SPEAKING OUT: Acting Minister for Education Kate Jones.
SPEAKING OUT: Acting Minister for Education Kate Jones. Trish Bowman

Educators debunk Keith Pitt's big claim about school kids

ACTING Education Minister Kate Jones has attacked Hinkler MP Keith Pitt's claim there are students in the region whose aspiration is to go on the dole.

Ms Jones said the claim, made by Mr Pitt on Sky News last week, was part of his response to justify the introduction of the "unpopular" Cashless Debit Card, which will be rolled out in Bundaberg later this month.

She joined a chorus of educators and union representatives who voiced their disappointment in his claim.

"National Party leadership aspirant Keith Pitt should be ashamed of himself for calling local kids lazy welfare kings and queens," Ms Jones said.

"He knows that his cashless welfare card trial is unpopular and that there isn't any evidence that it works - so his solution has been to call local high school students lazy and blame them for a problem that does not exist."

Ms Jones's office provided data which showed 84.2 per cent of Bundaberg's 2017 Year 12 graduates were entering either higher education, traineeships or employment. The figure is close to the state average.

However the report also shows the percentage of graduates seeking work was about 13 per cent, well above the state average. Meanwhile the number of graduates not in the labour force, employment or training was above 3 per cent, again above the state average.

>> READ MORE: Data shows government failing to provide employment for school-leavers

Mr Pitt yesterday stood by his comments, saying he was "relaying things that are said to me in confidence". He said the issue had been raised with him a number of times.

In his Sky interview, Mr Pitt said the Hinkler region was seeing issues with intergenerational welfare dependence.

"For those who are under 30, on Newstart, 90 per cent of those - 90 per cent - have one parent or more on unemployment benefits in the last 15 years, the majority for nine out of 15 years and the worst part of this is for those kids under 30, 57 per cent will still be on welfare in 10 years time," Mr Pitt said.

Mr Pitt said change in any form was always difficult, "but doing nothing is not an option".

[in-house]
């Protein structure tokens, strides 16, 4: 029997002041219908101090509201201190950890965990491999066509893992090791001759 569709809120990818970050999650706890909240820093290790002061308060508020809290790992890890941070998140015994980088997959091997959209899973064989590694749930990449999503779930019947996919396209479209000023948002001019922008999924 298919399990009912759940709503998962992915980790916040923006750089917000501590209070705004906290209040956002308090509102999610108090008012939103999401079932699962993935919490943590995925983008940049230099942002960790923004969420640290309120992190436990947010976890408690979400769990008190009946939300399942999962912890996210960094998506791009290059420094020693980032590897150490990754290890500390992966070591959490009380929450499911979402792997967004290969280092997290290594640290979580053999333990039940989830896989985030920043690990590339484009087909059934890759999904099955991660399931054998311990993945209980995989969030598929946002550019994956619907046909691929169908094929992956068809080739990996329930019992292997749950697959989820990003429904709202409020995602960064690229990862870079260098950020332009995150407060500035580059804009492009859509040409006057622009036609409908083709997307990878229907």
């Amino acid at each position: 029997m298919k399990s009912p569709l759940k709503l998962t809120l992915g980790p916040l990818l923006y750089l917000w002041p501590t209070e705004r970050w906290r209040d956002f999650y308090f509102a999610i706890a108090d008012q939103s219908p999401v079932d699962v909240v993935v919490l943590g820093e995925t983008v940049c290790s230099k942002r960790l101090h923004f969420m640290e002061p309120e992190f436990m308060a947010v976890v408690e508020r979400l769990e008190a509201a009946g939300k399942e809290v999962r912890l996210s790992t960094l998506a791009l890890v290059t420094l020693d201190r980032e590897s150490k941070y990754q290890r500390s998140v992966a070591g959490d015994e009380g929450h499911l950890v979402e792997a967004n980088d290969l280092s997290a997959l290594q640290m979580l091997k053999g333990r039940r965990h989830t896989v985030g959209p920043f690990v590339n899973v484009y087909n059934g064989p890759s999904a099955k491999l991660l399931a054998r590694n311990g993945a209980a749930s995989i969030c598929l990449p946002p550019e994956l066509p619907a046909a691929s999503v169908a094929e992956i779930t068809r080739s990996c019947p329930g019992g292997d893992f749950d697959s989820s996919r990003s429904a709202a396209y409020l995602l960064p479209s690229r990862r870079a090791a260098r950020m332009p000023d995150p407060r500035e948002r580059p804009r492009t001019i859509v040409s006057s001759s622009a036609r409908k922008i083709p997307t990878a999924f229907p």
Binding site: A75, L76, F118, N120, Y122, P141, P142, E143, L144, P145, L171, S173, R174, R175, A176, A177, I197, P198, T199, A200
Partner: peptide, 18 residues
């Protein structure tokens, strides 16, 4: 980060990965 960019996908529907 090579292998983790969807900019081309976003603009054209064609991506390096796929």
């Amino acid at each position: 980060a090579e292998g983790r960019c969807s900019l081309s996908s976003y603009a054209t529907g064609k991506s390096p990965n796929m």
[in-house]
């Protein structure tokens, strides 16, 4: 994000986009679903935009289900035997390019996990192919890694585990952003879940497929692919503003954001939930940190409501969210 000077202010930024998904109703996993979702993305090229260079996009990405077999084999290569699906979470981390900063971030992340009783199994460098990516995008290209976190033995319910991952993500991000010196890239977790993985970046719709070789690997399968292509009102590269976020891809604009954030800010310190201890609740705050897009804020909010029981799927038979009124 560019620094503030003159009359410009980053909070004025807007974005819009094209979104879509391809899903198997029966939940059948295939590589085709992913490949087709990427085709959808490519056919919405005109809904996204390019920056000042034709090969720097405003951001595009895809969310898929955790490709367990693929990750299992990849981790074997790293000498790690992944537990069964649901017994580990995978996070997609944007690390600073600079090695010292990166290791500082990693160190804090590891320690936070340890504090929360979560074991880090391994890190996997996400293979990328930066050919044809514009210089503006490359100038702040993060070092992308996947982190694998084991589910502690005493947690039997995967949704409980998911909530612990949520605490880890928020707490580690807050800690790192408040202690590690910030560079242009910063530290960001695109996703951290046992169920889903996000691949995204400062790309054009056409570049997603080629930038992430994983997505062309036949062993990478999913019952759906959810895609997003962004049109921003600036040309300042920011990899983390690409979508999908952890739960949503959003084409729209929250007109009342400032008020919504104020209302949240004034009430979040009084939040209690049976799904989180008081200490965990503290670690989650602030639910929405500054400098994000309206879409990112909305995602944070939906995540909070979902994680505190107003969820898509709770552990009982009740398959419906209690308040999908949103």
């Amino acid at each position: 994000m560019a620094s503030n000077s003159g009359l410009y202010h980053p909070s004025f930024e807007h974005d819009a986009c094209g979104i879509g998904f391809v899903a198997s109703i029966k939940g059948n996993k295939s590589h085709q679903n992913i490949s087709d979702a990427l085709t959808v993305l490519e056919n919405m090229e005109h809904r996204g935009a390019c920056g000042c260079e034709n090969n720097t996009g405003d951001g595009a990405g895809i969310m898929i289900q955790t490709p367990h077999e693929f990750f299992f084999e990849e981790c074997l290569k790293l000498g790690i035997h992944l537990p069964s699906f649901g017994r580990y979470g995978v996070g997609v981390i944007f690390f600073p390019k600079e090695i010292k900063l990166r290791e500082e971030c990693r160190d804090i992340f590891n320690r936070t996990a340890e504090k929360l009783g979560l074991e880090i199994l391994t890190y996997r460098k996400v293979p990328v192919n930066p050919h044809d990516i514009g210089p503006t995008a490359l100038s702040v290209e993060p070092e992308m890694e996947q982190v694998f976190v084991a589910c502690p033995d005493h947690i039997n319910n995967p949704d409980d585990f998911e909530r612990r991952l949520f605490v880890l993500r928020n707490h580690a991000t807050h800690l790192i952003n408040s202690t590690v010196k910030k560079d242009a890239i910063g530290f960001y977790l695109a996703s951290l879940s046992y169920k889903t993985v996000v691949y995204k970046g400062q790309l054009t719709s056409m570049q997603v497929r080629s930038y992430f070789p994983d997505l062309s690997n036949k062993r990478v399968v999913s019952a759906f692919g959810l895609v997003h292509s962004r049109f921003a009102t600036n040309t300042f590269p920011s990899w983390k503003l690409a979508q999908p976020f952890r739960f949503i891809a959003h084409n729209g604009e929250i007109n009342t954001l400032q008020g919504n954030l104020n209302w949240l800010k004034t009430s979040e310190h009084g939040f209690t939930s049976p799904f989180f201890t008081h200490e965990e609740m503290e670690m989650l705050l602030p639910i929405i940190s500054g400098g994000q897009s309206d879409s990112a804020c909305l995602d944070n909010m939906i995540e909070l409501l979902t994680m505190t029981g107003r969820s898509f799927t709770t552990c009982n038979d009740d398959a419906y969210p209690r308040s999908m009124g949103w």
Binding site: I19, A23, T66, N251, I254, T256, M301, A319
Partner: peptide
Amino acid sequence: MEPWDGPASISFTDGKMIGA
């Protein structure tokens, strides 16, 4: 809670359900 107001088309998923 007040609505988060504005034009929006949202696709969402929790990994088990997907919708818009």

About 6000 people under the age of 35 will be impacted when the controversial card rolls out on January 29.

Ms Jones isn't the only person airing their anger with Mr Pitt's comments.

Bundaberg educators Greg and Judy Thrupp wrote to the NewsMail to share their disappointment.

"We have been state high school teachers for over 70 years combined, and we have never heard a young person say their goal was to go on welfare," the couple wrote.

"Not surprising, since such a goal would mean living in poverty.

"You (Mr Pitt) defend the indefensible (the Cashless Debit Card) by denigrating the youth of our region."

Queensland Teachers' Union deputy general secretary Kate Ruttiman said she couldn't recall ever having a teacher come to her with similar concerns.

"Every school teacher and school leader invests their time assisting students towards positive Year 12 outcomes," Ms Ruttiman said.

"The data they provide indicates students are aspiring to enter into vocational education, work or go to university.

"I know teachers wouldn't be supporting students to go on the dole, they'd be providing opportunities to enter work or vocational education or further study to support them to be active and informed citizens."

Mr Pitt said it was "good" the Queensland Teachers' Union was "doing everything they can to provide opportunities for the local youth".

If teachers were confronted with a student wanting to go on welfare, Ms Ruttiman said they would work with that student to achieve their true goals.

"They (teachers) can and will direct students with positive self worth and image to enter the workforce or enter post-school study with a positive frame and future mindset," she said.

"The support people receive with unemployment benefits is about assisting them to find work, so its a short term means (of living)."



Boarded-up storefronts sound death knell for regional CBDs

premium_icon Boarded-up storefronts sound death knell for regional CBDs

Boarded-up storefronts sound death knell for regional CBDs.

Canadian tourist who blew .199 banned from driving

premium_icon Canadian tourist who blew .199 banned from driving

'other than that, have a good time while you're here': Magistrate